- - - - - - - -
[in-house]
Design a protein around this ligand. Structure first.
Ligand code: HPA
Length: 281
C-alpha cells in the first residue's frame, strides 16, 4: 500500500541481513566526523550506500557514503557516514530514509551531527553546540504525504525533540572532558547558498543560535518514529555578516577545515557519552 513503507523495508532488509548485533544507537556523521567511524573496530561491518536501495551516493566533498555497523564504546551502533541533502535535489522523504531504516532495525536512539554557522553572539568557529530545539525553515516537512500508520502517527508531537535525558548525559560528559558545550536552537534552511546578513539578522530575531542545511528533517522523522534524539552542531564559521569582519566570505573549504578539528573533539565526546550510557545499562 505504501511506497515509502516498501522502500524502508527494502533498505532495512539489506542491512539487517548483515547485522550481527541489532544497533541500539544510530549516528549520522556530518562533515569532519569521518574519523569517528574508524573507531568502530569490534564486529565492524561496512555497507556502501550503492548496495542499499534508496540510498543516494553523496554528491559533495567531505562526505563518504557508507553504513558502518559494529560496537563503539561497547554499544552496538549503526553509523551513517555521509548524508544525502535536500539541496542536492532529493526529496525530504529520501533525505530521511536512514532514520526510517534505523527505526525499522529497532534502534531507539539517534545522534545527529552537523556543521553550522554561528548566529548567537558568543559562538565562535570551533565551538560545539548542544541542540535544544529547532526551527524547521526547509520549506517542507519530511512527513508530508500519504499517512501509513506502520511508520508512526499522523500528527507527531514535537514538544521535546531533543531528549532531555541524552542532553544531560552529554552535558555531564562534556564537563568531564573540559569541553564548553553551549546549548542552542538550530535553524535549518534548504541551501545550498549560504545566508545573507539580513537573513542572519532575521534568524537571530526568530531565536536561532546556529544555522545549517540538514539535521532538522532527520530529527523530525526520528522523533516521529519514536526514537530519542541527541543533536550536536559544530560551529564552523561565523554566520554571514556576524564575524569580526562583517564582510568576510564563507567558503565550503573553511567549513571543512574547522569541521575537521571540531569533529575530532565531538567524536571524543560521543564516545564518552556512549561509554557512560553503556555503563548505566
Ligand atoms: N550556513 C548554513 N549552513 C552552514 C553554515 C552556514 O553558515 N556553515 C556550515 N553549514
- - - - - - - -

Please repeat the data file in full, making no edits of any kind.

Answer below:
[in-house]
Design a protein around this ligand. Structure first.
Ligand code: HPA
Length: 281
C-alpha cells in the first residue's frame, strides 16, 4: 500500500541481513566526523550506500557514503557516514530514509551531527553546540504525504525533540572532558547558498543560535518514529555578516577545515557519552 513503507523495508532488509548485533544507537556523521567511524573496530561491518536501495551516493566533498555497523564504546551502533541533502535535489522523504531504516532495525536512539554557522553572539568557529530545539525553515516537512500508520502517527508531537535525558548525559560528559558545550536552537534552511546578513539578522530575531542545511528533517522523522534524539552542531564559521569582519566570505573549504578539528573533539565526546550510557545499562 505504501511506497515509502516498501522502500524502508527494502533498505532495512539489506542491512539487517548483515547485522550481527541489532544497533541500539544510530549516528549520522556530518562533515569532519569521518574519523569517528574508524573507531568502530569490534564486529565492524561496512555497507556502501550503492548496495542499499534508496540510498543516494553523496554528491559533495567531505562526505563518504557508507553504513558502518559494529560496537563503539561497547554499544552496538549503526553509523551513517555521509548524508544525502535536500539541496542536492532529493526529496525530504529520501533525505530521511536512514532514520526510517534505523527505526525499522529497532534502534531507539539517534545522534545527529552537523556543521553550522554561528548566529548567537558568543559562538565562535570551533565551538560545539548542544541542540535544544529547532526551527524547521526547509520549506517542507519530511512527513508530508500519504499517512501509513506502520511508520508512526499522523500528527507527531514535537514538544521535546531533543531528549532531555541524552542532553544531560552529554552535558555531564562534556564537563568531564573540559569541553564548553553551549546549548542552542538550530535553524535549518534548504541551501545550498549560504545566508545573507539580513537573513542572519532575521534568524537571530526568530531565536536561532546556529544555522545549517540538514539535521532538522532527520530529527523530525526520528522523533516521529519514536526514537530519542541527541543533536550536536559544530560551529564552523561565523554566520554571514556576524564575524569580526562583517564582510568576510564563507567558503565550503573553511567549513571543512574547522569541521575537521571540531569533529575530532565531538567524536571524543560521543564516545564518552556512549561509554557512560553503556555503563548505566
Ligand atoms: N550556513 C548554513 N549552513 C552552514 C553554515 C552556514 O553558515 N556553515 C556550515 N553549514